A gay brother’s gay brother

I’m feeling better having written this:

It’s not too many LGBTQ-etc. people (the reclaimed “queer” is good shorthand) who can say they have a queer sibling although, that said, it has surprised me over the years just how often this does happen.

Craig and I came out, four years or so apart, without knowing sufficient gaydar to have fully recognized the other.

As the blogger-blabber in the family (google Craig Chaplin, as a sister did recently, and you are led more quickly to me, not him) I would like to respectfully try to revisit my ‘coming out’ and how Craig and I grew as gay men – different in some ways, so similar in others.

As I look back now I am reminded that it was during the time of Craig’s coming out that I was doing my level best to dig myself in. I had just begun college a year or so earlier while Craig was well into his studies to become a United Church minister. These were the tumultuous days of “the issue”.

How did Kenn, aka Me-thinks-I-didst-protest-too-much, handle this and the reality of my own awakening sexuality? Why by getting myself baptized, fundamentalist-style!

It is no wonder that in those early years Craig chose carefully those in whom he confided (but this did include our parents). Also his personal integrity was such that all who had anything to do with the ‘laying on of hands’ at his ordination knew Craig was gay.

Not until the events of February 5, 1981, and with more defiance than a feeling of blessing, did I come out.

Like Craig, although without knowing he had done so a few years earlier, I chose to write Mom and Dad a letter. In it, as much for my own reassurance as theirs, I told them that I now believed that it was not inconsistent for me to be both a Christian and gay – and that, despite a loving upbringing in an unabashedly United Church liberal household, I had only recently become convinced of that. I remember thinking, again not knowing that Craig had paved the way for me, that by writing this letter I needed to prepare myself for the possibility that Mom and Dad might reject me – as any member of PFLAG can tell you was not an unrealistic possibility.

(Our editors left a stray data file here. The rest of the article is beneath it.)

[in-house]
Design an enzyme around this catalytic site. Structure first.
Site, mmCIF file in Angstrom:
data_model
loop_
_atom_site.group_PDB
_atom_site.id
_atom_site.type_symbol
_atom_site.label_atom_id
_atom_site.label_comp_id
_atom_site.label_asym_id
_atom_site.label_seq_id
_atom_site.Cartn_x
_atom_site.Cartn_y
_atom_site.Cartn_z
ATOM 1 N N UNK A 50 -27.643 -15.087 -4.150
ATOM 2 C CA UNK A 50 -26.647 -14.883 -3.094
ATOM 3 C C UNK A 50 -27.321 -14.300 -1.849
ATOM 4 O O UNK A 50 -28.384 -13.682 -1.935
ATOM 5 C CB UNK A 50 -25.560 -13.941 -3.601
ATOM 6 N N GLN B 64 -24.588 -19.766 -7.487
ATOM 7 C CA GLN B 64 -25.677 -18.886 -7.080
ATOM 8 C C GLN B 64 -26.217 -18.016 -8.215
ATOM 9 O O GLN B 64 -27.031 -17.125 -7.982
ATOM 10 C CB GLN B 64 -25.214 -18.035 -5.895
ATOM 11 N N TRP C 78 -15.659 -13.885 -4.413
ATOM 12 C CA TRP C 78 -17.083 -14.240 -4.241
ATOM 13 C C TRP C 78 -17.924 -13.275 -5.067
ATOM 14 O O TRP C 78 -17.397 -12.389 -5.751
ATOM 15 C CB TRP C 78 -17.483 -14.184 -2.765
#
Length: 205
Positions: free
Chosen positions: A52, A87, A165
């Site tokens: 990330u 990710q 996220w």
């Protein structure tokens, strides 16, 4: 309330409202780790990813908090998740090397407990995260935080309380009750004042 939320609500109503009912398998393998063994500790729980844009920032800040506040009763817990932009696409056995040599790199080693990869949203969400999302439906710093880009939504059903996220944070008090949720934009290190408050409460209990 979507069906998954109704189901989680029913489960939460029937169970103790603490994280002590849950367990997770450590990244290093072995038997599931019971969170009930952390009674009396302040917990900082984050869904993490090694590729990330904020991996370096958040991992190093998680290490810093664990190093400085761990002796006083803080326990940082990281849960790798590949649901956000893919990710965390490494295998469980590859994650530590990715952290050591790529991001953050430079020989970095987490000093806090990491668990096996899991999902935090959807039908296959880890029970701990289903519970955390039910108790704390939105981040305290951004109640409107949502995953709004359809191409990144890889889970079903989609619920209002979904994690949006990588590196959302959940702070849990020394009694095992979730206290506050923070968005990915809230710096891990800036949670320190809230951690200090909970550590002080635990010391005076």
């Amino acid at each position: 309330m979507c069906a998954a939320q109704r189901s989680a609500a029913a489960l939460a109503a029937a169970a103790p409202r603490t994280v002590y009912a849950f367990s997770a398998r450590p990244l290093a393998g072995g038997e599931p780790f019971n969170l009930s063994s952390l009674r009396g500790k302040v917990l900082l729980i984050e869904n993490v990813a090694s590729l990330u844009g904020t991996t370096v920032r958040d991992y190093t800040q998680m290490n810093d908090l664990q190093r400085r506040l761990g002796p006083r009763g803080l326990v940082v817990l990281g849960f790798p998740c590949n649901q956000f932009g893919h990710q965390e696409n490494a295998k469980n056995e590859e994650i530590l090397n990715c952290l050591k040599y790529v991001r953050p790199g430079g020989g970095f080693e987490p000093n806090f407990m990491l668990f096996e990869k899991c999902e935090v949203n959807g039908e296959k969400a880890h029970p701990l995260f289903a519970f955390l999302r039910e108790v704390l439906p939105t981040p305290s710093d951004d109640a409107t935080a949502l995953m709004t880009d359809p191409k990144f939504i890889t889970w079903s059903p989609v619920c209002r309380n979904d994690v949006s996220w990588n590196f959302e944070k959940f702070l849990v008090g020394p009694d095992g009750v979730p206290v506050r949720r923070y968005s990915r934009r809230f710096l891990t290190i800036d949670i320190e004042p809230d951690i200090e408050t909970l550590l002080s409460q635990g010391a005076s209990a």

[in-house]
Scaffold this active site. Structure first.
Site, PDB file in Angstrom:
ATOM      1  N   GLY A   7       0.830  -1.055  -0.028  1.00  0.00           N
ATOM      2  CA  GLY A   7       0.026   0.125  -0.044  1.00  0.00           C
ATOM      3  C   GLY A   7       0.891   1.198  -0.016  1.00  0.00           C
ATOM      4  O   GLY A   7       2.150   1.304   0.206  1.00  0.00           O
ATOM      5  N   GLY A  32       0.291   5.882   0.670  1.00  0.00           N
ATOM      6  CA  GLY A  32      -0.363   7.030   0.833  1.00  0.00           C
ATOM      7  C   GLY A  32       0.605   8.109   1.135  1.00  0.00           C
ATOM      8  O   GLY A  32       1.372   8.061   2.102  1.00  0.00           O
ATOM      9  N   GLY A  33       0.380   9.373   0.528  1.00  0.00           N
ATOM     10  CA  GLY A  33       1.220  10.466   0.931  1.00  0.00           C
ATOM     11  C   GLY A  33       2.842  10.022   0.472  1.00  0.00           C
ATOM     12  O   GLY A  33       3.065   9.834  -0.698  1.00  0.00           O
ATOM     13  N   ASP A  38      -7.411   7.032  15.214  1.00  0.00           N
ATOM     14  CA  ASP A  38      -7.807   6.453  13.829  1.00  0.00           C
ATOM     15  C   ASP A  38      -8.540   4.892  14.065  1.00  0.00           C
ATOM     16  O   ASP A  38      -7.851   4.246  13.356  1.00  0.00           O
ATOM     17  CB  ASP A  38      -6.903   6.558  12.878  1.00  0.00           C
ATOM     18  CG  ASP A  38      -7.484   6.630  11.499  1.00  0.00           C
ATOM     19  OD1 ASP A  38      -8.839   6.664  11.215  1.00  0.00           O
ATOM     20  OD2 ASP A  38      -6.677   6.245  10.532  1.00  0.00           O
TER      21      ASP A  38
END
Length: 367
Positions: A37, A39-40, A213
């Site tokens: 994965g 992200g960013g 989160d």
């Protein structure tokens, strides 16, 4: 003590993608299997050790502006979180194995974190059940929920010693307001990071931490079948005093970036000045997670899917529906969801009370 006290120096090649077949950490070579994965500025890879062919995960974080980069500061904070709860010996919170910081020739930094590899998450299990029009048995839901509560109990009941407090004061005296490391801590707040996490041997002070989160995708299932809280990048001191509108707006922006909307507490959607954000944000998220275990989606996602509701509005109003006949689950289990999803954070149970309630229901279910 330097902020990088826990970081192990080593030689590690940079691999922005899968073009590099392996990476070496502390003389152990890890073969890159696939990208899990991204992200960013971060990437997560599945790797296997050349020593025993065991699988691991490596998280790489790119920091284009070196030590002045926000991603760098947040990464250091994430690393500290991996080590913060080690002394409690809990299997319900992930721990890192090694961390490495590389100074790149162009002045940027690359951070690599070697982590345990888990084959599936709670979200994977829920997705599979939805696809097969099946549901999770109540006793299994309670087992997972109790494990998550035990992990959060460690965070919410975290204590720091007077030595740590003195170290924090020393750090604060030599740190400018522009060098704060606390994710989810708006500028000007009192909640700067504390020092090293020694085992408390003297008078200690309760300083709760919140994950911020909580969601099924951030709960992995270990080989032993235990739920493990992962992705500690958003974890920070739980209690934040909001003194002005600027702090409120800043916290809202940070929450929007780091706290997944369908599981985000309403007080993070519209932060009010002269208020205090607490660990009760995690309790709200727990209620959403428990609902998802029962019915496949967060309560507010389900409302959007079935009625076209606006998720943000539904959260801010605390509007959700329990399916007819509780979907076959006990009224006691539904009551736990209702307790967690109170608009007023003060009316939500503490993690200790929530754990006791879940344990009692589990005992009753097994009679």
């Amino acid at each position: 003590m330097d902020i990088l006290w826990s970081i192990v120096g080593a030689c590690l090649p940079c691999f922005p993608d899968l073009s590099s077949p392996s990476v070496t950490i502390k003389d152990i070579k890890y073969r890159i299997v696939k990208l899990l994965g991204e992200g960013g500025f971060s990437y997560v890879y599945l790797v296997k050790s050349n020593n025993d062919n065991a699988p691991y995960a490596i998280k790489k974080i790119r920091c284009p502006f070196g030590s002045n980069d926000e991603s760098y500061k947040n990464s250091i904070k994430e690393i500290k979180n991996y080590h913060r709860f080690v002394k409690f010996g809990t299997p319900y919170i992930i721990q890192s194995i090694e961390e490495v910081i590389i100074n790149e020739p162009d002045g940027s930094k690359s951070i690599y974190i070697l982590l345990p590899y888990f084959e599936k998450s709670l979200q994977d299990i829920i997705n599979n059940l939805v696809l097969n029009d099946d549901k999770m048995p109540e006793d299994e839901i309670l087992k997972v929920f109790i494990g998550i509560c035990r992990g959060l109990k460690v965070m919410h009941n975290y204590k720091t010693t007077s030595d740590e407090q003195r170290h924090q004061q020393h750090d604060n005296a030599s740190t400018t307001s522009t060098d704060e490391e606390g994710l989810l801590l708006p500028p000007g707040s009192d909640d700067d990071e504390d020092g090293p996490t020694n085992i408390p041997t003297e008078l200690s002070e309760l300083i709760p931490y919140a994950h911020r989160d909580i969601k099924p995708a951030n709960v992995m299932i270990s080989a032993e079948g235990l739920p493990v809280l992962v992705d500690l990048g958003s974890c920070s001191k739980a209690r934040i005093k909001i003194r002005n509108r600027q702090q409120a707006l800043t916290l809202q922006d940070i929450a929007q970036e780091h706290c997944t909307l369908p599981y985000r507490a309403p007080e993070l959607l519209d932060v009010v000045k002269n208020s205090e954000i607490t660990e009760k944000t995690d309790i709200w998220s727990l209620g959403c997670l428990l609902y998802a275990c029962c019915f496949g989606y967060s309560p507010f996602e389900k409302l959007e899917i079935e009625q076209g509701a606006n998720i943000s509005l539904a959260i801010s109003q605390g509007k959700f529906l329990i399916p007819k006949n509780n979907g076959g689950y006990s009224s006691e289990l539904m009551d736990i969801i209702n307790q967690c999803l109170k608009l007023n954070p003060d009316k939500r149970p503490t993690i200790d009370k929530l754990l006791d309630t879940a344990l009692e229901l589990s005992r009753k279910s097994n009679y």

But Dad and Mom were/are extraordinary parents – and Craig an extraordinary brother.

When Mom and Dad received my letter they telephoned, assuring me of their unconditional love. Craig wrote me a note which, if my on-going search proves futile, I will regret not having kept. The main point of it, however, has stayed with me. Craig let me know that he understood – everything. He also, as I have written before, did what big brothers so often do. He tried to assure me of his protection, which came in the form of an experience-based warning, of sorts, to watch out for the superficiality and the occasional cruelty, although I doubt that was the word he used, that sometimes characterizes gay life. (I am quite certain it was not such a dire warning, and I may be projecting my own experience into his gentle notes of caution, but I still remember the feeling of gratitude for his words as it had already been an uncomfortable few years while I tried to lead a double life.)

Life went on, for better and for worse. When Craig tested positive for HIV, at least four years before I did (which, in my case, was in 1989), Craig was already experiencing the love possible in intimate relationships. I, on the other hand, never took those sorts of chances. Meaningful relationships, other than some sincere friendships, eluded me (if I did not avoid them first). Some of the reasons may be sufficiently imagined elsewhere in this blog.